A very similar browser to Chrome but claims to be “Three times faster than Chrome. Better privacy by default than Firefox. It uses 35% less battery on mobile.” Brave is based on the Chromium engine and has a feel like Chrome.
What’s better than Chrome: Built-in ad and tracking blocker.
Using Brave means that you won’t see much ads on websites and tracking your data won’t be easy. Safari
If you work in the Apple ecosystem, look no further than Safari. It works very well across Apple devices, data synchronization is seamless and you remain very focused on privacy. On a Mac, Safari is relatively faster than Chrome and remains as secure as ever. With macOS Big Sur, Apple added a tracking feature that tells you which websites are tracking you.
Better than Chrome: Faster on Apple devices. Do not forget that it is more secure in terms of sharing any type of user data.
A browser available on mobile and desktop devices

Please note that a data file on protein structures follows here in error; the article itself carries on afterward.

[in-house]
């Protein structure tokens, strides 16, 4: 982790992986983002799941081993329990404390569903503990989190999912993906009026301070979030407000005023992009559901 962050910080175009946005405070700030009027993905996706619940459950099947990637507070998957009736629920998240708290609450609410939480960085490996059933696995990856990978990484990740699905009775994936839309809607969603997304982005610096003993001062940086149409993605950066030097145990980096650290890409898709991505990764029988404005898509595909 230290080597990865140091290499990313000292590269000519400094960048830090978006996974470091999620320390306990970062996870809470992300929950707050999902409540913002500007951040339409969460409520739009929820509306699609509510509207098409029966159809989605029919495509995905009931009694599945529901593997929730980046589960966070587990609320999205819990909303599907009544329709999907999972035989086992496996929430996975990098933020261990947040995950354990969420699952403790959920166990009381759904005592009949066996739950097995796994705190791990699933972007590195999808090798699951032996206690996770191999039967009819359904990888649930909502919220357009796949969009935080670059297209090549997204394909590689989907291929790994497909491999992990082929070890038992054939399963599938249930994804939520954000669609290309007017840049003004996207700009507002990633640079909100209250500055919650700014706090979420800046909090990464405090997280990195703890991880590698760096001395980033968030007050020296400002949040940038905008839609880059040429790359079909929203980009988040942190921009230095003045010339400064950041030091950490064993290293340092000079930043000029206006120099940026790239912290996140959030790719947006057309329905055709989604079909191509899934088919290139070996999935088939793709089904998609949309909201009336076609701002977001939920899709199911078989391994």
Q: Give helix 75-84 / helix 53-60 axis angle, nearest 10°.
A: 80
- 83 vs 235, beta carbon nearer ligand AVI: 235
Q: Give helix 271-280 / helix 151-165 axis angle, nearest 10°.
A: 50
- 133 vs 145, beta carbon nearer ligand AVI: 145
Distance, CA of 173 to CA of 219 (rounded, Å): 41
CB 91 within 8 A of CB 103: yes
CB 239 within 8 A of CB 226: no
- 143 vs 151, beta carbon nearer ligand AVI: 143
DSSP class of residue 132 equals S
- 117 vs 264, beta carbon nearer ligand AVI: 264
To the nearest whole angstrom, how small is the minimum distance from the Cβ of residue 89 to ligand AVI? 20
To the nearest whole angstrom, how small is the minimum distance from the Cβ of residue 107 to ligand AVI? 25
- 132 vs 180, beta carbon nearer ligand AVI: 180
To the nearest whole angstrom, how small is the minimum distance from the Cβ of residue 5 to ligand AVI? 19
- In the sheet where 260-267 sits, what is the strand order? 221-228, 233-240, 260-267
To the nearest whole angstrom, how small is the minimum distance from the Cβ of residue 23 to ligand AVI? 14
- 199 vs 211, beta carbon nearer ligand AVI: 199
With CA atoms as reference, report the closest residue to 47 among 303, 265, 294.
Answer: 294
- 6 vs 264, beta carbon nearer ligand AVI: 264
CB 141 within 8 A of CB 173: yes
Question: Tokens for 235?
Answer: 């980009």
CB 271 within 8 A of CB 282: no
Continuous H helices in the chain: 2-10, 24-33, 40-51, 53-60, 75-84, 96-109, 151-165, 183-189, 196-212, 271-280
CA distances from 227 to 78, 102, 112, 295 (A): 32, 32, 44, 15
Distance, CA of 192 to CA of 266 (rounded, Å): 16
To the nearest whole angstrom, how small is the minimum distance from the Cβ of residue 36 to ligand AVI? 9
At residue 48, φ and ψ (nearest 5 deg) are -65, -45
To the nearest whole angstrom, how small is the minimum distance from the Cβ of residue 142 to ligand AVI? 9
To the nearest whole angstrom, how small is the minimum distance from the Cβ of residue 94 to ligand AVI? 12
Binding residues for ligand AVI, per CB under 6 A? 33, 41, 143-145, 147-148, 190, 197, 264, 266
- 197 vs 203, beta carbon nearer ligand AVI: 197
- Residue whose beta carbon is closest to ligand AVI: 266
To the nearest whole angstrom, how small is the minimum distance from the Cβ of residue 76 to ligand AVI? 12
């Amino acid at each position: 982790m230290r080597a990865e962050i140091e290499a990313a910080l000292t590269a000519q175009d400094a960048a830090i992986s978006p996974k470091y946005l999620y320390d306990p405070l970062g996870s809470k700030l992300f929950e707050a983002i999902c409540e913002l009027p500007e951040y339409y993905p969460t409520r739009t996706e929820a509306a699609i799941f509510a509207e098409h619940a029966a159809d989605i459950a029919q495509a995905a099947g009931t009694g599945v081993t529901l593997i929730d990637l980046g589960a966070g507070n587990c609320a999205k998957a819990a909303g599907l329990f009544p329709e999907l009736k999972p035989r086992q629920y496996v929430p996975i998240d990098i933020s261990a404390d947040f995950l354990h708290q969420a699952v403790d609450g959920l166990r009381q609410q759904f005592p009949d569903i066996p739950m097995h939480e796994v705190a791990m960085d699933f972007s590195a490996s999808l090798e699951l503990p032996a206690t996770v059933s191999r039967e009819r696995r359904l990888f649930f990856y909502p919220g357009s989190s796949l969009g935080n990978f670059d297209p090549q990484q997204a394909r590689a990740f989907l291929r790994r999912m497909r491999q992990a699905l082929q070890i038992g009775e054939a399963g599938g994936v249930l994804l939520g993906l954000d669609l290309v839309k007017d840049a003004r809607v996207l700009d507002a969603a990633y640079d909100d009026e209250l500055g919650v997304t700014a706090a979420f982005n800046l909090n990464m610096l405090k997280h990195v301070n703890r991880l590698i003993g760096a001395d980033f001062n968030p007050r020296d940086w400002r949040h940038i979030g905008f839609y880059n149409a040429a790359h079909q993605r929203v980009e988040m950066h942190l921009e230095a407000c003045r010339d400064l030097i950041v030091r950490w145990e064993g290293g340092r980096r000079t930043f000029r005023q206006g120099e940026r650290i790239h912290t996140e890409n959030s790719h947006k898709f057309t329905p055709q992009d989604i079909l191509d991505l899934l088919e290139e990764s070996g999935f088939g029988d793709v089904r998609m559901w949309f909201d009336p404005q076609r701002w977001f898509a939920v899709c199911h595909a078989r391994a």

Office, Vivaldi was created by two developers who have worked on the Opera browser. Provides end-to-end encryption when synchronizing data between mobile and desktop browsers. It also comes with a built-in screenshot tool, which can be really useful.
What’s better than Chrome: More customization options and better data sync.
You would have laughed a couple of years ago if someone could make Internet Explorer their default browser. However, Microsoft has moved to Edge and has built it on Chromium. Results? A browser that looks a lot like Chrome and has similar features.
What’s better than Chrome: It uses fewer resources – mainly RAM – than Google’s browser.
Firefox has been around for a while and is the third most popular browser in the world. Over the years, it has built a reasonably good collection of useful accessories. It’s also more privacy-oriented than Chrome and relatively faster on mobile as well.
What’s better than Chrome: Privacy and also uses less RAM for your device compared to Chrome.